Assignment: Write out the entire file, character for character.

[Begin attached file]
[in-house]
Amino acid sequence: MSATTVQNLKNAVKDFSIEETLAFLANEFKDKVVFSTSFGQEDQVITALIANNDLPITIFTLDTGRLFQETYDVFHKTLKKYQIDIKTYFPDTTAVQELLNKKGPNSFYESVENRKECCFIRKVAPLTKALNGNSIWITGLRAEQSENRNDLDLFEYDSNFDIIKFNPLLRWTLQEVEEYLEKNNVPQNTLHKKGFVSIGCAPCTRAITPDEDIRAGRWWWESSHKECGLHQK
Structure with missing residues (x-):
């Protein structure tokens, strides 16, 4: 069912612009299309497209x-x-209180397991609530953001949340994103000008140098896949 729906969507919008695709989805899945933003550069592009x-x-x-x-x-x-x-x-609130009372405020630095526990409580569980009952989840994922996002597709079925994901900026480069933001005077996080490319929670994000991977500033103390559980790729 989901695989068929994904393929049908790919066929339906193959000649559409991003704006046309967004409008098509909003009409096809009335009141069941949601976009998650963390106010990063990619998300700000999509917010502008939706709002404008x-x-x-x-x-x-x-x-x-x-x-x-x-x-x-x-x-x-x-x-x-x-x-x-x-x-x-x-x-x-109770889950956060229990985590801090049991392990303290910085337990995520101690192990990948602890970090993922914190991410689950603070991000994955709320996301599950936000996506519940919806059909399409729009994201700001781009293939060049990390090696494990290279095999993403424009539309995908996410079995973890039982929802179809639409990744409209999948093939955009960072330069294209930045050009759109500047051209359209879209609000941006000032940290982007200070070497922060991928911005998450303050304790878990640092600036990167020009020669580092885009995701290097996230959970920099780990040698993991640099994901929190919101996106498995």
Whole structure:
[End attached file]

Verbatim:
[in-house]
Amino acid sequence: MSATTVQNLKNAVKDFSIEETLAFLANEFKDKVVFSTSFGQEDQVITALIANNDLPITIFTLDTGRLFQETYDVFHKTLKKYQIDIKTYFPDTTAVQELLNKKGPNSFYESVENRKECCFIRKVAPLTKALNGNSIWITGLRAEQSENRNDLDLFEYDSNFDIIKFNPLLRWTLQEVEEYLEKNNVPQNTLHKKGFVSIGCAPCTRAITPDEDIRAGRWWWESSHKECGLHQK
Structure with missing residues (x-):
């Protein structure tokens, strides 16, 4: 069912612009299309497209x-x-209180397991609530953001949340994103000008140098896949 729906969507919008695709989805899945933003550069592009x-x-x-x-x-x-x-x-609130009372405020630095526990409580569980009952989840994922996002597709079925994901900026480069933001005077996080490319929670994000991977500033103390559980790729 989901695989068929994904393929049908790919066929339906193959000649559409991003704006046309967004409008098509909003009409096809009335009141069941949601976009998650963390106010990063990619998300700000999509917010502008939706709002404008x-x-x-x-x-x-x-x-x-x-x-x-x-x-x-x-x-x-x-x-x-x-x-x-x-x-x-x-x-x-109770889950956060229990985590801090049991392990303290910085337990995520101690192990990948602890970090993922914190991410689950603070991000994955709320996301599950936000996506519940919806059909399409729009994201700001781009293939060049990390090696494990290279095999993403424009539309995908996410079995973890039982929802179809639409990744409209999948093939955009960072330069294209930045050009759109500047051209359209879209609000941006000032940290982007200070070497922060991928911005998450303050304790878990640092600036990167020009020669580092885009995701290097996230959970920099780990040698993991640099994901929190919101996106498995």
Whole structure: